Cloud Computing: Just Pie in the Sky or a Practical Tool for Publishers?
Cloud computing is among the latest "hot" new trends in the online space. In essence, cloud computing is viewing the Internet as one large, reliable and secure computer system, capable of provisioning virtually every online service that's available in the world today, and having the capacity to do it on behalf of millions of simultaneous users. But for many magazine publishers, the "cloud" is still a mystery.
In an exclusive interview with Publishing Executive Inbox, Dave Rice, co-founder and CEO of True Cloud, a Scottsdale, Ariz.-based provider of cloud computing solutions for emerging and mid-sized businesses, shed some light on how magazine publishers can benefit from cloud computing.
INBOX: What challenges are involved for magazine publishers that want to set up cloud computing systems?
DAVE RICE: The thing to remember about cloud solutions is that they demystify to a large extent traditional forms of IT. Magazine publishers, like any other form of business, will benefit first and foremost by redeploying their existing workloads into the cloud, relying on professionals to worry about the issues of underlying infrastructure, day-to-day management, reliability, uptime and so forth.
It's more encompassing than traditional IT hosting or outsourcing, however, because it includes a software component as well, which can be included in the service and doesn't have to be purchased or maintained by a business. All of these capabilities can be offered on a pay-as-you-go model, which eliminates the large capital up-front investment that business owners hate. Plus, a company can grow without limits simply by acquiring more licenses. It's much closer to a consumption model like phones or electricity, where you pay for what you use.
Moving forward, businesses and consumers alike will be far less concerned about where information, systems and processes actually reside since all of that can be offered up in a virtual fashion. All you'll need is an Internet-connected computer with a browser. The focus will be how to use the information, as opposed to a particular device or infrastructure.
INBOX: Do you know of any magazine publishers who are using cloud computing? Who are they and in what ways are they using it?
RICE: These are early days when it comes to specific applications, but the most noteworthy venture I'm aware of is the recent joint announcement -- only about two weeks old now -- from HP and the consumer publishing platform vendor Wikia for a cloud-based service product called "MagCloud," which purports to automate the entire magazine publishing supply chain.
INBOX: What cost savings, revenue gains, etc. can publishers realize from setting up cloud computing systems?
RICE: For businesses that have entirely adopted cloud-based solutions to run their company, we're seeing upwards of 40-percent savings over traditional, on-premises IT solutions, when considered from a total cost of ownership model. We think it'll be much more than that as companies begin to measure some of the intangible benefits like people resource consumption that was required in the old paradigm.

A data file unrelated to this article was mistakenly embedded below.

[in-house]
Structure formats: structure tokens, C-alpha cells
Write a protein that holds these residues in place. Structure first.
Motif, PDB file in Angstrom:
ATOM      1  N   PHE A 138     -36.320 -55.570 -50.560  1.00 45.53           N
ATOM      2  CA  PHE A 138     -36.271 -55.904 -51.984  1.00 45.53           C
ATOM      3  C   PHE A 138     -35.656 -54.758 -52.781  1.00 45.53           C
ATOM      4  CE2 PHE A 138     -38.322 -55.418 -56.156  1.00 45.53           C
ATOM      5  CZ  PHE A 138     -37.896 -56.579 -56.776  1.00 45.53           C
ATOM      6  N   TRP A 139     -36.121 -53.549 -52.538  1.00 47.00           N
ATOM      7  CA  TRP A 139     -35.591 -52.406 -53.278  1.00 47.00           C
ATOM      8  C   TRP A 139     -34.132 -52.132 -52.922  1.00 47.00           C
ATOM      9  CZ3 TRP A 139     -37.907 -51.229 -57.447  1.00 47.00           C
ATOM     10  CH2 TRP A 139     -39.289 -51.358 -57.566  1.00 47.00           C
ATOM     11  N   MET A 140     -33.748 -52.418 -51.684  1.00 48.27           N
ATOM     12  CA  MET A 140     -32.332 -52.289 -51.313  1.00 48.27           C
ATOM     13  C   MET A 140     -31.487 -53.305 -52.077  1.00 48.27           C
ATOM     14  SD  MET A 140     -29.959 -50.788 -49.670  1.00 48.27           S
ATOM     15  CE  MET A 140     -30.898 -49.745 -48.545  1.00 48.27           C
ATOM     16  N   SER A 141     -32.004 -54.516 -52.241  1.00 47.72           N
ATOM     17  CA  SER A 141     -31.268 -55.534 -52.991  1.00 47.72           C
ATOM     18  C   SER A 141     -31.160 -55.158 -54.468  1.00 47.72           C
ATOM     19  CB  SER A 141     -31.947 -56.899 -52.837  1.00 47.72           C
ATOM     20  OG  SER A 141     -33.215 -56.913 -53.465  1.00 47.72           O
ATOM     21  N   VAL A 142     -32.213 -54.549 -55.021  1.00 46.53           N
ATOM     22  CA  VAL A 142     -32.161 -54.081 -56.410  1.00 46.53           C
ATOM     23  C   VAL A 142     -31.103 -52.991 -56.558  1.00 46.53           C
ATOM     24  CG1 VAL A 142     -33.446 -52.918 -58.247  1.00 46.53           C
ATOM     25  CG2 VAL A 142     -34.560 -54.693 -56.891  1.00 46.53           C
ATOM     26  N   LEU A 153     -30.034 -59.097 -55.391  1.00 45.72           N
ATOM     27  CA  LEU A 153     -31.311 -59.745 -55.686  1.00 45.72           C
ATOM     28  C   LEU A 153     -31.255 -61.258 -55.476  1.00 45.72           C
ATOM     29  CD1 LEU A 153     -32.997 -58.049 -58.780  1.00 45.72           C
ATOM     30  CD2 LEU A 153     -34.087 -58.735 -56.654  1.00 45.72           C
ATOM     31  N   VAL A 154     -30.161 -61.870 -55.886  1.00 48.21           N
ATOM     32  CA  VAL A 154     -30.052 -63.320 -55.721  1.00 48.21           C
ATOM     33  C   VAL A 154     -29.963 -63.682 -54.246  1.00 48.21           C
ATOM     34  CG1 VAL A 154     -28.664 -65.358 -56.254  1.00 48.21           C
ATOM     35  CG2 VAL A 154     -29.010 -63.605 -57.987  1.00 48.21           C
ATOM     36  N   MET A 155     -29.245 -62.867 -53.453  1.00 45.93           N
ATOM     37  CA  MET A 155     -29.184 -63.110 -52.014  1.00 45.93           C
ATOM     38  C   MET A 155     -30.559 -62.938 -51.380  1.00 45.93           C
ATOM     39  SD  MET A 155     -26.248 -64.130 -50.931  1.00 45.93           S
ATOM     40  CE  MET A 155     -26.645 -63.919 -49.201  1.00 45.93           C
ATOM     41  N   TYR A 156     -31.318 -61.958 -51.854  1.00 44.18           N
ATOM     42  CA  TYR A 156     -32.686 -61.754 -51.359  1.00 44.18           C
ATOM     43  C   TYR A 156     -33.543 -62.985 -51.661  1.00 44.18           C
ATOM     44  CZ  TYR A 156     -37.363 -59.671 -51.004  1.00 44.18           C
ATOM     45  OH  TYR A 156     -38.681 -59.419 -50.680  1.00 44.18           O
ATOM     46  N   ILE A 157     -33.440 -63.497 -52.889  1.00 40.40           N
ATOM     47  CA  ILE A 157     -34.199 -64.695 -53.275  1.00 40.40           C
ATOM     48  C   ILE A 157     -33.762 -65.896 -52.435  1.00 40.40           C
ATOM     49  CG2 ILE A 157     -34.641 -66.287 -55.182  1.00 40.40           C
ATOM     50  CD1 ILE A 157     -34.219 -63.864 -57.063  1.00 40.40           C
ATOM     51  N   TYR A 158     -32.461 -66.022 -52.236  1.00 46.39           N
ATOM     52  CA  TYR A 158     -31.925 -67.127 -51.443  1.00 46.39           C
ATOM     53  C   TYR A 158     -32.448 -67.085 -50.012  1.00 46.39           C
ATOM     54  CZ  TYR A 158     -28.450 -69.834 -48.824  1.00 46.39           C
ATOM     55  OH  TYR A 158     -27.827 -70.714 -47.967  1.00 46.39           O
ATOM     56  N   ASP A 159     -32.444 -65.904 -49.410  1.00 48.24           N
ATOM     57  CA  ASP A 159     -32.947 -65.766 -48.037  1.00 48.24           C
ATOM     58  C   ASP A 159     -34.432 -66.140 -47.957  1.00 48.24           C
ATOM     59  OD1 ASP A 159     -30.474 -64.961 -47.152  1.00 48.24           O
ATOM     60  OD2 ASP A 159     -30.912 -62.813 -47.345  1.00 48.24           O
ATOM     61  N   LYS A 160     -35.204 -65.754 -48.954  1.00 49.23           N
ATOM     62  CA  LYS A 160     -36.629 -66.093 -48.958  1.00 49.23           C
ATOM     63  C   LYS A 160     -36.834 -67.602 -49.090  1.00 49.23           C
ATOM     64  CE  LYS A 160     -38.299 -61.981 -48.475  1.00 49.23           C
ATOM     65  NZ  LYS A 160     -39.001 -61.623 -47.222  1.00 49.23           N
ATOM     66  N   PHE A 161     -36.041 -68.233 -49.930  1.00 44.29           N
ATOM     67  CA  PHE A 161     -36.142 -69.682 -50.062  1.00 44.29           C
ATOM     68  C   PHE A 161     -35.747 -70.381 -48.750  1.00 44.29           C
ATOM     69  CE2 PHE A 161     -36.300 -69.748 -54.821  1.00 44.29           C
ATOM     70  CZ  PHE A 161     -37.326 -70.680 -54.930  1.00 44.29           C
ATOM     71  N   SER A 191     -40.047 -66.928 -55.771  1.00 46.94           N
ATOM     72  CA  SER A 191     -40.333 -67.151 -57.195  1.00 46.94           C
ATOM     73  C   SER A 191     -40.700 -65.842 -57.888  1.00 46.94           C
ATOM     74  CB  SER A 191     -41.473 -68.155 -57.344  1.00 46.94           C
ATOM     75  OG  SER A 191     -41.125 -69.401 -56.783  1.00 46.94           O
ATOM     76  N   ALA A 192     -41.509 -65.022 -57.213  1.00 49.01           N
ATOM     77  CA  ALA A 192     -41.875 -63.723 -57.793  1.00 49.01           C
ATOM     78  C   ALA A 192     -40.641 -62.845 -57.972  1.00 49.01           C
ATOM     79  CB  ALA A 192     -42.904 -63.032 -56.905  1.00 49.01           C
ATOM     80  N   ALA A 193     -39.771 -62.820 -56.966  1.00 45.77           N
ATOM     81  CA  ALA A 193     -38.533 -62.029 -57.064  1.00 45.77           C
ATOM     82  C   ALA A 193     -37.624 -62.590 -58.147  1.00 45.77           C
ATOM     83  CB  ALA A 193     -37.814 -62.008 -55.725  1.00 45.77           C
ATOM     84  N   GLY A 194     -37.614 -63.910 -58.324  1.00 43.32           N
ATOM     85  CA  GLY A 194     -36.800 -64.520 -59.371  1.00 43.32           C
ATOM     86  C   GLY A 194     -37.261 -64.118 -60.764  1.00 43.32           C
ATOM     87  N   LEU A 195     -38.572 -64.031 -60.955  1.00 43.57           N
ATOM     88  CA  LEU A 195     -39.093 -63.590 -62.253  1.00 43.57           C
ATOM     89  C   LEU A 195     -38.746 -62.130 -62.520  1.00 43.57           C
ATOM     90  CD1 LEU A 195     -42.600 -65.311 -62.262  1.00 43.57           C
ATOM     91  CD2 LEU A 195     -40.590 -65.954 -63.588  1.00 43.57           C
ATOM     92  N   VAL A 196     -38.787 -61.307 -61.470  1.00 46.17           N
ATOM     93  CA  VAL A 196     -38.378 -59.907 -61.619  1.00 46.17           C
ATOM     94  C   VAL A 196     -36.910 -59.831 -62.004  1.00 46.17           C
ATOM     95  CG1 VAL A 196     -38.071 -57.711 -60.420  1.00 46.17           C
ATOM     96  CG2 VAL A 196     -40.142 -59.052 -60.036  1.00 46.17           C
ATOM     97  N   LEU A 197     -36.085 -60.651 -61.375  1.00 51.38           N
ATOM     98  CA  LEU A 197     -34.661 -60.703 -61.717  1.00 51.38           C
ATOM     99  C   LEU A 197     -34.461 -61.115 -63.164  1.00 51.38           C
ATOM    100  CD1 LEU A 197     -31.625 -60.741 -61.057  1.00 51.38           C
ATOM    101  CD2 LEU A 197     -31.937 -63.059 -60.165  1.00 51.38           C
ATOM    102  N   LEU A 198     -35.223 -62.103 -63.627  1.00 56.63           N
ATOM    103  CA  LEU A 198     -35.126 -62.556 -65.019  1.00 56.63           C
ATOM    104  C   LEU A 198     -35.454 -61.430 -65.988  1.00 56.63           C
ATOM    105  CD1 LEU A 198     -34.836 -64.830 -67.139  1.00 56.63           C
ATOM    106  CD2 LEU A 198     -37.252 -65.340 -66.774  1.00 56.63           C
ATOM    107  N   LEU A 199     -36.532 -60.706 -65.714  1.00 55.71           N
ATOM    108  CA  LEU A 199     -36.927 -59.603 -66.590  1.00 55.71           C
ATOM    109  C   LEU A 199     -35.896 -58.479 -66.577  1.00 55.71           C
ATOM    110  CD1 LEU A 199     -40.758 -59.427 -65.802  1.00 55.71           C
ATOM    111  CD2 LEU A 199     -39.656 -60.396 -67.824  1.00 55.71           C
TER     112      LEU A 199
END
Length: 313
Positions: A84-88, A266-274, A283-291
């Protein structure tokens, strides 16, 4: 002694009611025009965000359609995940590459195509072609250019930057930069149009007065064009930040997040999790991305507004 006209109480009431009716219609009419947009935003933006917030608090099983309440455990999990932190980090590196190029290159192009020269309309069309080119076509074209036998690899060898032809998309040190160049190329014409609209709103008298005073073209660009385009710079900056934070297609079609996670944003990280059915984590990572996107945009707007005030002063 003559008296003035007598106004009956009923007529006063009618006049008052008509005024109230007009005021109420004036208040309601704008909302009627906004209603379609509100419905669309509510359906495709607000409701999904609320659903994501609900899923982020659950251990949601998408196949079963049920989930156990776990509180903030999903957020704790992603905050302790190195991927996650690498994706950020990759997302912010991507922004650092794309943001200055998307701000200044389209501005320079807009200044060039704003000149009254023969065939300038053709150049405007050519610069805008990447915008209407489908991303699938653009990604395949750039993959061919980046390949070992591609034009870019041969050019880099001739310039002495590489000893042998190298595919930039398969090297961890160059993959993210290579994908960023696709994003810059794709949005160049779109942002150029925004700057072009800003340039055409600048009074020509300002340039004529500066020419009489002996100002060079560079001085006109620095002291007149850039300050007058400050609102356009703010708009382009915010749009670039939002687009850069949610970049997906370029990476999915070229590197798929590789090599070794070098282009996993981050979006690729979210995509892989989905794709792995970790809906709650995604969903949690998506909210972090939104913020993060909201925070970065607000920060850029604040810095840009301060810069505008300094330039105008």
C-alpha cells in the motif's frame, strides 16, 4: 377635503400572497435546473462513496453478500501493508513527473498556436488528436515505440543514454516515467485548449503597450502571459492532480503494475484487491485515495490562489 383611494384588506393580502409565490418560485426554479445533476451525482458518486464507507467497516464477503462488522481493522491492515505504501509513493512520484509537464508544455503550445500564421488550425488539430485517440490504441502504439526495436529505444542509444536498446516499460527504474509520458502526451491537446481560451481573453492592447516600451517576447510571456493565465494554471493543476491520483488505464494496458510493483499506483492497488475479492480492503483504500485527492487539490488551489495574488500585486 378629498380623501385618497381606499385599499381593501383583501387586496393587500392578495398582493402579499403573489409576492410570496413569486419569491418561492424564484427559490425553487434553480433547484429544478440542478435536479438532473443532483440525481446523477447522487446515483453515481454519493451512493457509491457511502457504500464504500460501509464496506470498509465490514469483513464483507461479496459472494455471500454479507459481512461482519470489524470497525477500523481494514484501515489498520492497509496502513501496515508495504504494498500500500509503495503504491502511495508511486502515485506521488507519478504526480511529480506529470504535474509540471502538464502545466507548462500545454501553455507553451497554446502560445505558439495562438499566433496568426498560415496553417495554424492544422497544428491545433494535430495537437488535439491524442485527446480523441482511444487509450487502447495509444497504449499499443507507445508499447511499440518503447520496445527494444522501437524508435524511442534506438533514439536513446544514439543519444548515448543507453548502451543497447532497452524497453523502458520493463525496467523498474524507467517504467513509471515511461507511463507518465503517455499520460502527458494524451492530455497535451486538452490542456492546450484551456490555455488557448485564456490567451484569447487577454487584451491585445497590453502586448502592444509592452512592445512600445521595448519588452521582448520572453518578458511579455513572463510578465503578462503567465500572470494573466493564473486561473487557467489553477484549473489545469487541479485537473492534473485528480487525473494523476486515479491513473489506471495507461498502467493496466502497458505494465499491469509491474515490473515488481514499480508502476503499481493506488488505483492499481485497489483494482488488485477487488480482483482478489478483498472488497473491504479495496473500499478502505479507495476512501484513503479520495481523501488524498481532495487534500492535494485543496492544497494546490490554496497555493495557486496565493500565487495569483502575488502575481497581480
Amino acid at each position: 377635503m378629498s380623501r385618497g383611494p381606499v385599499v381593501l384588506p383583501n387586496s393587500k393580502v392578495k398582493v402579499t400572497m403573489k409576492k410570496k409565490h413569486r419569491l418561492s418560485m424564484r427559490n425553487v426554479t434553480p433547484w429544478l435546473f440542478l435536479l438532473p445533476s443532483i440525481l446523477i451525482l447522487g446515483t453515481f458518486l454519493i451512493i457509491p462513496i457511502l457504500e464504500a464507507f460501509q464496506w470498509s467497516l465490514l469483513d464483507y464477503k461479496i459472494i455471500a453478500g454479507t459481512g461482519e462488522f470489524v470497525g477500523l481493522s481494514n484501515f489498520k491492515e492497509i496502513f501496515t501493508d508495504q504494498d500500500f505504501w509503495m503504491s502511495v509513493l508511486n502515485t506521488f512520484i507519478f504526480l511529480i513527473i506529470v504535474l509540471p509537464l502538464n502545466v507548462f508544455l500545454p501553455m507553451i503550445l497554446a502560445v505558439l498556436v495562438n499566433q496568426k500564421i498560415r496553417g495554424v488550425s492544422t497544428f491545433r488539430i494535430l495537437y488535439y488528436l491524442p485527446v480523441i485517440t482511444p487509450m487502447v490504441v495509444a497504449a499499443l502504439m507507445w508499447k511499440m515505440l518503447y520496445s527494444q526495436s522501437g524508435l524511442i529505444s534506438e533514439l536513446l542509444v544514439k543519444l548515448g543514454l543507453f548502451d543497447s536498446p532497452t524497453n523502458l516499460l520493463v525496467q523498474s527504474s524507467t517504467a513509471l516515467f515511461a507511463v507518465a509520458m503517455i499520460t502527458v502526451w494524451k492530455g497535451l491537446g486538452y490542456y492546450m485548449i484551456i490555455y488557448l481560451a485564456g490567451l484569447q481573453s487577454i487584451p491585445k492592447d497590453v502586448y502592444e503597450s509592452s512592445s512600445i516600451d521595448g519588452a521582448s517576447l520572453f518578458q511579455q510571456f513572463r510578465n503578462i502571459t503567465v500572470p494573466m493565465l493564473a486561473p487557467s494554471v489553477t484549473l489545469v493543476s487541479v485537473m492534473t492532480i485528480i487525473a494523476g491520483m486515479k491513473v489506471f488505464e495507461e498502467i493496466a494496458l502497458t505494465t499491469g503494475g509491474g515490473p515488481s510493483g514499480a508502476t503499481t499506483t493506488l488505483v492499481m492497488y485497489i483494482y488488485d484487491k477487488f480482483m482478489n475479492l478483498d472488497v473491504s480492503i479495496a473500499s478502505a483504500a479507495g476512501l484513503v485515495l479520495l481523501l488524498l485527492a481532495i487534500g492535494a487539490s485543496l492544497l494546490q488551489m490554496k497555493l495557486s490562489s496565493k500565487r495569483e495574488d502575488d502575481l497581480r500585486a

INBOX: Will publishers have personal relationships with the companies that manage the clouds, allowing them to frequently edit the documents they've stored on the cloud?
RICE: A publishing company would simply access the software and its associated artifacts much the same as they do today, except they'd do it by way of the big computer in the cloud. What they'd need is an Internet-connected computer and a browser. The service would also be ubiquitous, so decentralized workforces would also be prominent in this model. This is a very simplified illustration, but no, I don't think accessibility to data or security will be much of a concern for publishers.
INBOX: How does cloud computing address the security concerns of publishers?
RICE: Security is all-encompassing and takes lots of different forms. The perspective I'd offer is that there's safety in numbers. All of the prominent cloud-based solution providers have instituted advanced data security technologies throughout their operations, including authentication for password protection access, SSL 128-bit encryption, timed log-offs for session termination when no user activity is present, industrial grade firewall protection to deny unauthorized connections and, of course, data backup regimens stored in off-site facilities.
From a physical security perspective, providers house their operations in Fortune 100 class data centers with 24/7, 365-days-a-year staffing on-site, state-of-the-art server farms with redundant capability, access control, surveillance, multiple telecom lines and carriers, backup power generation and UPS, smoke detection and fire control, along with network redundancy.
Cloud-based providers will exist solely for the purpose of providing these utility services, much like the electric company. The Googles, Amazons, Salesforce.coms and NetSuites wouldn't be around very long if they couldn't provide these services reliably and affordably on behalf of thousands of customers.
Very few businesses, and I suspect this includes magazine publishers, can afford to continuously keep up with the investment and competence required to advance in the areas of world-class IT security and reliability when it comes to the care and feeding of their systems.